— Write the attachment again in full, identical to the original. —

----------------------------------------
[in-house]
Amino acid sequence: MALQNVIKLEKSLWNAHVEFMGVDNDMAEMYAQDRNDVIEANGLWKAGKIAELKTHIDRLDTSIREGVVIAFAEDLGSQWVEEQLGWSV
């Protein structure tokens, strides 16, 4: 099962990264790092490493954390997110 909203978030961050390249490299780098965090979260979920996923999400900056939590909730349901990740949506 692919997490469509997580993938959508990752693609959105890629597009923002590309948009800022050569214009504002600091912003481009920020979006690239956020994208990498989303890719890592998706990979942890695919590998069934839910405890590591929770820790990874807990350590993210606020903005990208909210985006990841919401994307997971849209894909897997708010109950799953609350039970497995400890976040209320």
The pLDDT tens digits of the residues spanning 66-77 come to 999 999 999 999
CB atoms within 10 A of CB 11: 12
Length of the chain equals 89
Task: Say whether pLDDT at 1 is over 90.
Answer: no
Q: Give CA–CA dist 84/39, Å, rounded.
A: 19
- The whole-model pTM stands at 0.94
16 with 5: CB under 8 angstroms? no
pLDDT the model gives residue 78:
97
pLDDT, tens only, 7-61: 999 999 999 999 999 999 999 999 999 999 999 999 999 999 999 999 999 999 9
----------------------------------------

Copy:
[in-house]
Amino acid sequence: MALQNVIKLEKSLWNAHVEFMGVDNDMAEMYAQDRNDVIEANGLWKAGKIAELKTHIDRLDTSIREGVVIAFAEDLGSQWVEEQLGWSV
């Protein structure tokens, strides 16, 4: 099962990264790092490493954390997110 909203978030961050390249490299780098965090979260979920996923999400900056939590909730349901990740949506 692919997490469509997580993938959508990752693609959105890629597009923002590309948009800022050569214009504002600091912003481009920020979006690239956020994208990498989303890719890592998706990979942890695919590998069934839910405890590591929770820790990874807990350590993210606020903005990208909210985006990841919401994307997971849209894909897997708010109950799953609350039970497995400890976040209320």
The pLDDT tens digits of the residues spanning 66-77 come to 999 999 999 999
CB atoms within 10 A of CB 11: 12
Length of the chain equals 89
Task: Say whether pLDDT at 1 is over 90.
Answer: no
Q: Give CA–CA dist 84/39, Å, rounded.
A: 19
- The whole-model pTM stands at 0.94
16 with 5: CB under 8 angstroms? no
pLDDT the model gives residue 78:
97
pLDDT, tens only, 7-61: 999 999 999 999 999 999 999 999 999 999 999 999 999 999 999 999 999 999 9